1. Social friction in the North—the pilgrimage of Grace was a spontaneous uprising against the dissolution of the monasteries in North England. Troubled by the extent and ferocity of Cromwell's push to take over the houses and redistribute the lands, many people throughout the country opted to take politics in their own hands. Shortly before the PG, there was an uprising in Lincolnshire which very quickly dissolved in about two weeks. A conservative region, but housing nearly 25% of the dissolved monasteries, Lincolnshire and York believed that Cromwell was doing the country a disservice and taking it on a road to destruction. The gentry who ran the affair were very quickly compelled to quash the uprising by the Duke of Suffolk. The King wrote a reply to the insurgents "rating them for their ignorant presumption and charging them to disperse" which they did (Williamson 145).

2. The role of Robert Aske—Robert Aske was a barrister in London from the area of York and led the revolt which broke out in late October 1536. He was also involved in the failed revolt in Lincolnshire.

In all parts of the realm men's hearts much grudged with the suppression of abbeys, and the first fruits, by reason the same would be the destruction of the whole religion in England. And their especial great grudge is against the lord Cromwell
This statement very clearly elaborates his distaste for the direction of the Reformation. Aske and members of the gentry, such as Lord Darcy, took over York and amassed an army of over 30,000. They argued that they had the right to petition the king, and that they were not working to remove the king. While the pilgrimage ended in a military settlement between Aske and the Duke of Norfolk, Aske was sent to London to explain himself, and while he was away, another uprising occurred in Cumberland and Westmoreland heading towards Yorkshire. Many in Parliament distrusted Aske's motives, and the King declared martial law, and under that guise initiated a massacre of rebels. At the same time, Aske was tried in London and executed for his crimes against the state.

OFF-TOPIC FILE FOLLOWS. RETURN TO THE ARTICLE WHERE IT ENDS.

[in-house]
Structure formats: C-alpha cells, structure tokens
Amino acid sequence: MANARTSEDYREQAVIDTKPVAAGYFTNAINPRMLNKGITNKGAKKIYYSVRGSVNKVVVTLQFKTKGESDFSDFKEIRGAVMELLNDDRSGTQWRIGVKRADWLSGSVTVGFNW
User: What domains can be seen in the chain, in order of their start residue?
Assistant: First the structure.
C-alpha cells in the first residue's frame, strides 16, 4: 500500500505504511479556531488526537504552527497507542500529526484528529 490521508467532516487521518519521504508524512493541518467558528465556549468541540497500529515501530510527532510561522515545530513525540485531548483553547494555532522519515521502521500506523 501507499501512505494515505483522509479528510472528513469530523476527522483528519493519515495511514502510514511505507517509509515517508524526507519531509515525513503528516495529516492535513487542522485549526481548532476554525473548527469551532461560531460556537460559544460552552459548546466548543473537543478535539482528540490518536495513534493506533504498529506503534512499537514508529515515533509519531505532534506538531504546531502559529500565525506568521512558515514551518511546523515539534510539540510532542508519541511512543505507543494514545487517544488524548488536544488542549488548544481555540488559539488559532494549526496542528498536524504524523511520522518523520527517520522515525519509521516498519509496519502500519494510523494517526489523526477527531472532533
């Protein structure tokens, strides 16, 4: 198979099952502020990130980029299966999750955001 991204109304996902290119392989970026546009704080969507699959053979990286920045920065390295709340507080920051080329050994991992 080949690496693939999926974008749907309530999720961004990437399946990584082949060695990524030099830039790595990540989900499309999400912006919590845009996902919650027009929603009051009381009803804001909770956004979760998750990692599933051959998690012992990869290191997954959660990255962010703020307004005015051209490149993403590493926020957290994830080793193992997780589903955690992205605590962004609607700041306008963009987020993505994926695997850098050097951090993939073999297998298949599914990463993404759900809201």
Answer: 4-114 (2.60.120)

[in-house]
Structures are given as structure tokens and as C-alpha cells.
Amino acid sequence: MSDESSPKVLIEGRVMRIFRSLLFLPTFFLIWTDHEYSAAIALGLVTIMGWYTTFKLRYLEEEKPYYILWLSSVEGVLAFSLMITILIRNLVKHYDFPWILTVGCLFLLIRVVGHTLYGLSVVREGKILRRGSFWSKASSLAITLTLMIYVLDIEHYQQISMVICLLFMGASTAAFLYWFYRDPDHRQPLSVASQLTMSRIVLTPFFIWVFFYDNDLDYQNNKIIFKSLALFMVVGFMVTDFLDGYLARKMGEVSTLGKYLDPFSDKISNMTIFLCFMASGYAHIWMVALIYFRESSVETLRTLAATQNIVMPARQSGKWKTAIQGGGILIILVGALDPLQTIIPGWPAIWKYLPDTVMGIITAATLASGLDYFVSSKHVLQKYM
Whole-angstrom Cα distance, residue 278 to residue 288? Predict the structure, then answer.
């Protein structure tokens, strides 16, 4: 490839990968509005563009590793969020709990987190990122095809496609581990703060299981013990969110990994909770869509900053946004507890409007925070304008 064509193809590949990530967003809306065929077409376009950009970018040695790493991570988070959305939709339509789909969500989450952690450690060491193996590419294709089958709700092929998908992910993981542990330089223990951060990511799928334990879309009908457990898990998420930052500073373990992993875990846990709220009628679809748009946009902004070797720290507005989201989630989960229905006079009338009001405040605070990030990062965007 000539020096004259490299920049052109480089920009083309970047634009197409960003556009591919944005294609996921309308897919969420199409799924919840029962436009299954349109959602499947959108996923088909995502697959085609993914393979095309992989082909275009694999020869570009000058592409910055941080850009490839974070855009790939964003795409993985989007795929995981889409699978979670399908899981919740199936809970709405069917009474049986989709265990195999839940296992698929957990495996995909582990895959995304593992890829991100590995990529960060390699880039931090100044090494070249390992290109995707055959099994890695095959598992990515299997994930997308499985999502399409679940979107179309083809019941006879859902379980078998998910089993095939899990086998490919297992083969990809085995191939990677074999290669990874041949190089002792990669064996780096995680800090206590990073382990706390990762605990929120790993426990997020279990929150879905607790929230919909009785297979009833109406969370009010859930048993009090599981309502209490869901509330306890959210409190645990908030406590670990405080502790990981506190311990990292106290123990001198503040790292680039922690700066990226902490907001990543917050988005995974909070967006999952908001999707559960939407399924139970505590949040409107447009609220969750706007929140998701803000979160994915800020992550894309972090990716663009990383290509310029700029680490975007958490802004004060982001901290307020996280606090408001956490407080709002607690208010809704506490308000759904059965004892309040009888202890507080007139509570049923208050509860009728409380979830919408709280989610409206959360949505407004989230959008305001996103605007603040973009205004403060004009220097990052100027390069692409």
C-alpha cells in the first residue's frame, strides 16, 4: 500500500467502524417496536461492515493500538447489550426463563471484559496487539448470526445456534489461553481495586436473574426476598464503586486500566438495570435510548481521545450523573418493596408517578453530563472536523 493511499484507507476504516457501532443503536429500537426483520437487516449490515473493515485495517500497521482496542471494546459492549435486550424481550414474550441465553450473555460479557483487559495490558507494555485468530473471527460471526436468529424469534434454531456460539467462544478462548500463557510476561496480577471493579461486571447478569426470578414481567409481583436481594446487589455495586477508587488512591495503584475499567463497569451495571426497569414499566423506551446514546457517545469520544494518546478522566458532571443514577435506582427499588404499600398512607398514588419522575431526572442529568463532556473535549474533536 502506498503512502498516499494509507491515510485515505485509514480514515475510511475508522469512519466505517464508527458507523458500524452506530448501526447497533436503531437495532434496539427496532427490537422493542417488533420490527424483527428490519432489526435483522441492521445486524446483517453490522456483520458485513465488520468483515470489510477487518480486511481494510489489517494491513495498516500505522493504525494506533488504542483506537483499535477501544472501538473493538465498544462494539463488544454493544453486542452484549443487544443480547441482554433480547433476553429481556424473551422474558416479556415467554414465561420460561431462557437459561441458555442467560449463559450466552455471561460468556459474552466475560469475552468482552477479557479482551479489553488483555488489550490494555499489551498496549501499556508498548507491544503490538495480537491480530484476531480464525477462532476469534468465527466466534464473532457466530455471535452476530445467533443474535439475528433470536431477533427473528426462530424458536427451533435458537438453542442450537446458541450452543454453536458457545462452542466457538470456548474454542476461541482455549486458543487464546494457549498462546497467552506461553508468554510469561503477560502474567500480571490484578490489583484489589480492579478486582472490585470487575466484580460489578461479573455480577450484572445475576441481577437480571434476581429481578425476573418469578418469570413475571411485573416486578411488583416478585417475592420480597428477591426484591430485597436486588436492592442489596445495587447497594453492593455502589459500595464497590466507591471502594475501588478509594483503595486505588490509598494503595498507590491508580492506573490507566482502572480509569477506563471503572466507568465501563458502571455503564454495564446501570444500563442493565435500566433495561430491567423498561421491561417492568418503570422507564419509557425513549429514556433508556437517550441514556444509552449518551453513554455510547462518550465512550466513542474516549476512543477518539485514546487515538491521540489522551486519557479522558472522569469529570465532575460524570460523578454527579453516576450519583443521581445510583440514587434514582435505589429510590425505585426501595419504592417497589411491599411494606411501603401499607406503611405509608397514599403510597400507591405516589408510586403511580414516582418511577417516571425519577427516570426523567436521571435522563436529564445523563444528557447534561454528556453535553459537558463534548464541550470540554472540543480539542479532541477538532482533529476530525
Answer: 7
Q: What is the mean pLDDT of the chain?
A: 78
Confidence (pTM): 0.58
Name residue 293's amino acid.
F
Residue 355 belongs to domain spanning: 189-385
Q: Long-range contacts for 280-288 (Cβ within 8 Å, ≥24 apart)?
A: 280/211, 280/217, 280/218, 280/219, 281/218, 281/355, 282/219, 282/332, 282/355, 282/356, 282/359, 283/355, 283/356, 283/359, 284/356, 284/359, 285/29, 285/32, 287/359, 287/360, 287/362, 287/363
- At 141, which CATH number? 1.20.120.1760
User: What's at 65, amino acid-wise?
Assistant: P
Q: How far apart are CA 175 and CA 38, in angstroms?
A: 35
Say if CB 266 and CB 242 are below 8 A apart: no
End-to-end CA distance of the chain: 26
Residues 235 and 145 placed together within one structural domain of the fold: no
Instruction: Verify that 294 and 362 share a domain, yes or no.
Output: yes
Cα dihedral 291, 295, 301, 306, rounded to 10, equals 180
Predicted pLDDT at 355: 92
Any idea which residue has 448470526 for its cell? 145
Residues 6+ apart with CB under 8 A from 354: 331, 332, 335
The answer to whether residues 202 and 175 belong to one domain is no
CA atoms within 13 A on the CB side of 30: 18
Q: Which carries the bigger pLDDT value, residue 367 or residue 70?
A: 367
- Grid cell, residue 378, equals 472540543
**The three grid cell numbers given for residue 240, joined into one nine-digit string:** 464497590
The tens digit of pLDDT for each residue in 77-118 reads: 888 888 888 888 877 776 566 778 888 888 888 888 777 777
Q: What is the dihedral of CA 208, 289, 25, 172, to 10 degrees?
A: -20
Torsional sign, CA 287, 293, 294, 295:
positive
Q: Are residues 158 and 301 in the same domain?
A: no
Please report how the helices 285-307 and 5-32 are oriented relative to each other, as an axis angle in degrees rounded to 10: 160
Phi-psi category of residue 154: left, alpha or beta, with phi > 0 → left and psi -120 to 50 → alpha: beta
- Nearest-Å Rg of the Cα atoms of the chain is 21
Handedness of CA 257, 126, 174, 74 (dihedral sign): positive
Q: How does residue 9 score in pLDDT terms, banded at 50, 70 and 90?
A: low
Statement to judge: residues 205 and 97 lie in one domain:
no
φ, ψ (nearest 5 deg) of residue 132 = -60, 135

IV. Edward and Mary Tudor--two reigns, two dichotomous views

A. Edward, the boy-king and his religious education by Katherine Parr. His mother was Jane Seymour who died of a botched caesarian just days after his birth.

B. Developing a zealous Protestantism—as he was raised in the country, Edward came into contact with a zealous Protestantism. After his father's death, it is clear that Edward became even more "Protestant." While there remains some debate about who developed the Act of Uniformity as he was still quite young, it is important to note that Edward was intelligent and fully aware of his religious views.

C. The Act of Uniformity (1549)—the act of uniformity was not fully accepted by the population. Before the Act, there were uprisings against the acts against enclosure in East Anglia (Suffolk and Norfolk), but it is the religious ferment in

1. the effects of the act in SW England—the instruction to accept only the book of common prayer resulted in spontaneous uprisings in Devon and Cornwall in the SW, which is often called the "Prayer Book Rebellion." Your reading for today has a vignette in which the affair began over the confiscation of a rosary, or prayer beads. While this is probably steeped in the folklore of the region after such a violent uprising in which many of the subjects were massacred, it is an important element in understanding historically the extent to which people first understood the Reformation and second accepted it.



D. Mary's Accession and the reinstitution of hardline Catholicism—When Edward died in 1553, Lady Jane Grey ascended the throne for 9 days (we'll talk about her in two weeks). Mary, however, bitter over the treatment of her mother, and a staunch RC her entire life

V. Concluding Comments / discussion—next week we're going watch Man for All Seasons and see a dramatic interpretation of some of the politics of the age. Especially poignant will be the relationship between Sir Thomas More and Richard Rich…